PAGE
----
0363524001542646331.jpg0793930001542646354.jpg0686191001542646395.jpg

Han Solo Cup's Comment
member avatar

Thanks for posting the picture. That was extremely informative... I also appreciated reading the entire thread about how you noticed it, what you thought you should do, what you did, and I'd love to hear the reply back after you send these pics in.

Jamie's Comment
member avatar

After sending the pictures in, they said it should be safe to keep going as it is. Since there shouldn't be any structural damage or anything alike.

Grumpy Old Man's Comment
member avatar

I'm curious about the change in air pressure. Where did you pick up the load, and where did you stop? Was there a big change in altitude?

Jamie's Comment
member avatar

I'm curious about the change in air pressure. Where did you pick up the load, and where did you stop? Was there a big change in altitude?

I picked the load up on Lawrence Kentucky and I stopped in Joplin Missouri, there wasn't a huge difference. I believe the problem was there from the start or shortly after leaving the shipper and taking some of the turns probably shifted it a tiny bit due to the pressure from the airbag.

Shipper:

The customer who is shipping the freight. This is where the driver will pick up a load and then deliver it to the receiver or consignee.

G-Town's Comment
member avatar

Temperature can also affect the pressure inside one of these bags.

Definitely a learning experience for Jamie. This is one of the reasons it’s helpful to understand the basic make-up of the load, review the BOL.

Bagged Kibble is not likely to cause a platewall failure, as the weight is spread out, not concentrated into a small area. A load of paper rolls? Quite the contrary, and can definitely push out the side when coaxed.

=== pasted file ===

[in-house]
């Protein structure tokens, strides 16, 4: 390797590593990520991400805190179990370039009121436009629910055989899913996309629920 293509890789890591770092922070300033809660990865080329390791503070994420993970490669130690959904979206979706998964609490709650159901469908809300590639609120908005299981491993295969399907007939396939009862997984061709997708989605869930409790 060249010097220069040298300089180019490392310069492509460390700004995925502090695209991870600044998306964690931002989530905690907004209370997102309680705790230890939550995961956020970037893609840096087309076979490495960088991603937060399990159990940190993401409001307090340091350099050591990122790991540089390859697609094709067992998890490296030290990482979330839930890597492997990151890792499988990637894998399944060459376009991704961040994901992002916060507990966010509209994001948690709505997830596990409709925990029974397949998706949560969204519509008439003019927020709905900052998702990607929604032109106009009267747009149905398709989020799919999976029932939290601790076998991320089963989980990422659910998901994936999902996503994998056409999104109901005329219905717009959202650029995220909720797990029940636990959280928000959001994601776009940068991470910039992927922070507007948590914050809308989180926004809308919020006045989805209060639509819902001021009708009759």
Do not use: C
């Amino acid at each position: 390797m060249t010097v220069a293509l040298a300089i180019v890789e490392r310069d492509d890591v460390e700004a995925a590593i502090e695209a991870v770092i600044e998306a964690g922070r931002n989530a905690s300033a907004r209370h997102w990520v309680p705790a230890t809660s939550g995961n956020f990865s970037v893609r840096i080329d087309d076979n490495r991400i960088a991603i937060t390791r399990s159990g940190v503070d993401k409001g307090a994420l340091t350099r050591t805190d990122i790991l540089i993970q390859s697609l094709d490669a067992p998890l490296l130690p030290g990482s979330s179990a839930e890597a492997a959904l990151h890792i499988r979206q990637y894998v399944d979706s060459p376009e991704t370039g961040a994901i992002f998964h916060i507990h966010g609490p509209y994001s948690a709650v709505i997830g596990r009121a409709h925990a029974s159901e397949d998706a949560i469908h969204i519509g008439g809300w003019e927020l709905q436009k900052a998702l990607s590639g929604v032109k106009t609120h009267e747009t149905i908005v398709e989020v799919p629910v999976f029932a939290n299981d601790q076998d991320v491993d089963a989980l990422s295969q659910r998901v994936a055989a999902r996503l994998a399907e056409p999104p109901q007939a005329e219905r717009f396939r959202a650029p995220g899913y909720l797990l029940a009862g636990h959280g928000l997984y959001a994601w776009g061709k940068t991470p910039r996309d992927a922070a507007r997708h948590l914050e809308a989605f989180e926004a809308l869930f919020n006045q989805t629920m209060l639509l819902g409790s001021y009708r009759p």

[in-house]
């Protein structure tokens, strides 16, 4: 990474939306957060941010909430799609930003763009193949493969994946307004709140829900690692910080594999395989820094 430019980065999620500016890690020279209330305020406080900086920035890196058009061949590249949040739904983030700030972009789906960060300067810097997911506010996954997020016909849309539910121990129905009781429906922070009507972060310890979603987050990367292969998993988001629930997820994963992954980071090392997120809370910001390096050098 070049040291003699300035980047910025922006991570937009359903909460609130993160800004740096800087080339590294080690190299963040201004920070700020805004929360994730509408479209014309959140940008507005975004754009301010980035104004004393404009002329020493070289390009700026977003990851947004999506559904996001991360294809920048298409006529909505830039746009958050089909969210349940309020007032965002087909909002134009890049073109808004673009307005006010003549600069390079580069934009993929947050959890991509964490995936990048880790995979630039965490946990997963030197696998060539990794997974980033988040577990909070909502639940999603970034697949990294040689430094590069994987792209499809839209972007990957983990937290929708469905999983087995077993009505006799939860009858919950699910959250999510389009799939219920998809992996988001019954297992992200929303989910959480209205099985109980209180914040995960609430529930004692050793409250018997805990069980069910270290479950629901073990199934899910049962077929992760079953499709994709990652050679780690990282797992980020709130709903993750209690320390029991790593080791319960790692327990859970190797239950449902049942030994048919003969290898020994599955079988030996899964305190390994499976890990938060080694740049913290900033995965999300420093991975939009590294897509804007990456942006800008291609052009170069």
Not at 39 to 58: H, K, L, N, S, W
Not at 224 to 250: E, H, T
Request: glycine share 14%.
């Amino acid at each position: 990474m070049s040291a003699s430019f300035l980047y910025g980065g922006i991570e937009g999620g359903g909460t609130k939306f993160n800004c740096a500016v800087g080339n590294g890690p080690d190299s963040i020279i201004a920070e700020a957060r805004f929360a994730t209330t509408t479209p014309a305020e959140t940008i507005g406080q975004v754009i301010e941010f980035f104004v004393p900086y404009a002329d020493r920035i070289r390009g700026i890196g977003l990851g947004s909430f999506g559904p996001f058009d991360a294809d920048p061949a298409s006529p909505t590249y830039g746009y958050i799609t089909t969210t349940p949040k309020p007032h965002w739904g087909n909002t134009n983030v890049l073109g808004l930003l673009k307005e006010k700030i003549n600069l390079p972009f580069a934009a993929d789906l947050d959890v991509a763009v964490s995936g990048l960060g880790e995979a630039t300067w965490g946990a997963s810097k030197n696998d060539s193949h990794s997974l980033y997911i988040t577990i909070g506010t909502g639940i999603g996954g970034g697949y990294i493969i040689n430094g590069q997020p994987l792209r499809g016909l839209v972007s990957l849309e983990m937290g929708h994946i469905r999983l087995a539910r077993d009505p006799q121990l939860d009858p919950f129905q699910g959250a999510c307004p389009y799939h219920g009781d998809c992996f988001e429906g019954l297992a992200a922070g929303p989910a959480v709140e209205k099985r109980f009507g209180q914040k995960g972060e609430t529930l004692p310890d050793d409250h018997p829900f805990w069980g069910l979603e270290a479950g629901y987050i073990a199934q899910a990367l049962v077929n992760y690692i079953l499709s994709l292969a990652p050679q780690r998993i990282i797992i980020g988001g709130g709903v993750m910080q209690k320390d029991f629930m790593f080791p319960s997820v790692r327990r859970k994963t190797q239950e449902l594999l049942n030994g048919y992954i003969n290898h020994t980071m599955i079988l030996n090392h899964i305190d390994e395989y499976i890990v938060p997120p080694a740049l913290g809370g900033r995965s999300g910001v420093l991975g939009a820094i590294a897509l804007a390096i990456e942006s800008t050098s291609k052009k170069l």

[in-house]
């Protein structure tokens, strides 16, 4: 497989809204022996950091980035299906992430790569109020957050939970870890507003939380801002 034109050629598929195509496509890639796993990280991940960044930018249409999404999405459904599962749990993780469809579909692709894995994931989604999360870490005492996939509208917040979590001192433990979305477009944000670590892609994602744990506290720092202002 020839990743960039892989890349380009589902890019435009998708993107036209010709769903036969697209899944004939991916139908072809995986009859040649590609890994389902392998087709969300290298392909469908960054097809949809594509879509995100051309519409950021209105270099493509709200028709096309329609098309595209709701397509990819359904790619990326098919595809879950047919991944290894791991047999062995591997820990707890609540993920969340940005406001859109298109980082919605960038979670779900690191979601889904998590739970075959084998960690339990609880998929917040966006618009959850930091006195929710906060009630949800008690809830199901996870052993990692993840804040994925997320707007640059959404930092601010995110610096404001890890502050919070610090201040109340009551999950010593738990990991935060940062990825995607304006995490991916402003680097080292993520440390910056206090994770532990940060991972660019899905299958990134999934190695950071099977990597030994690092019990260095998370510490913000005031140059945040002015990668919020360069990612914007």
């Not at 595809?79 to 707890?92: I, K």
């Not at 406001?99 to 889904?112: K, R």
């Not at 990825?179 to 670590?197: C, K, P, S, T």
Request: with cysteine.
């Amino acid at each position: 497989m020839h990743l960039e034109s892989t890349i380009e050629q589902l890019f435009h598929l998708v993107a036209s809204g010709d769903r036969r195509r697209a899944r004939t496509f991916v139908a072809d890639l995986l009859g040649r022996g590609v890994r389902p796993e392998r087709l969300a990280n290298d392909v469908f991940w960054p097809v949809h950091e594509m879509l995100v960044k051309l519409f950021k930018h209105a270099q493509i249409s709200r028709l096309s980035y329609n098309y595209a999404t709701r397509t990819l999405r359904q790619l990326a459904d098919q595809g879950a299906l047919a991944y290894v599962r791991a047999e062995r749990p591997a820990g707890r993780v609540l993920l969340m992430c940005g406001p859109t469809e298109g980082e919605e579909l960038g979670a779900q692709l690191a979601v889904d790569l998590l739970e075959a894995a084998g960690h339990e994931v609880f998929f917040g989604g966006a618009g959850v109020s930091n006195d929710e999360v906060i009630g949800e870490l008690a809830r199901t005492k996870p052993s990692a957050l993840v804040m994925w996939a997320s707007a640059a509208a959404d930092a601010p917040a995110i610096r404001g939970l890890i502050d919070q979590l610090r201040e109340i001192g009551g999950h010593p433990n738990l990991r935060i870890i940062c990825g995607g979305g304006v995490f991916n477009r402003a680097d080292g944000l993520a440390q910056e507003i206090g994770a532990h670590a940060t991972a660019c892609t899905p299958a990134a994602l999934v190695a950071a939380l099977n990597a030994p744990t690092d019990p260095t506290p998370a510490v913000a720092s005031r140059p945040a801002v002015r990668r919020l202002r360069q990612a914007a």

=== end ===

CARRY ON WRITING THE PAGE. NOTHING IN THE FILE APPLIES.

Know what you are carrying; how it’s loaded and where the weight is concentrated. All part of planning and preparation. My favorite examples of this are two of my frequent backhauls; Nestle’ bottled water and Kellogg’s cereal. One load, the water is low and fat; 21 pallets at about 45,500 lbs total. Cereal; 60 topped pallets cubed-out at 32,000lbs. Both load configurations will affect handling quite differently, something a driver needs to understand and adjust to.

Good job on asserting yourself Jamie. You did the right thing.

Old School's Comment
member avatar

You did good Jamie!

You were observant and cautious. You also learned some things. You just gained some valuable experience. I really like G-Towns response - it's always good to familiarize yourself with your BOL and your load.

Big Scott (CFI Driver/Tra's Comment
member avatar

After seeing those pics, I would have closed the doors and rolled from the shipper like you did. If you get that load agian, I bet you'll throw strap across as close to the load as you can. Good job.

Shipper:

The customer who is shipping the freight. This is where the driver will pick up a load and then deliver it to the receiver or consignee.

HOS:

Hours Of Service

HOS refers to the logbook hours of service regulations.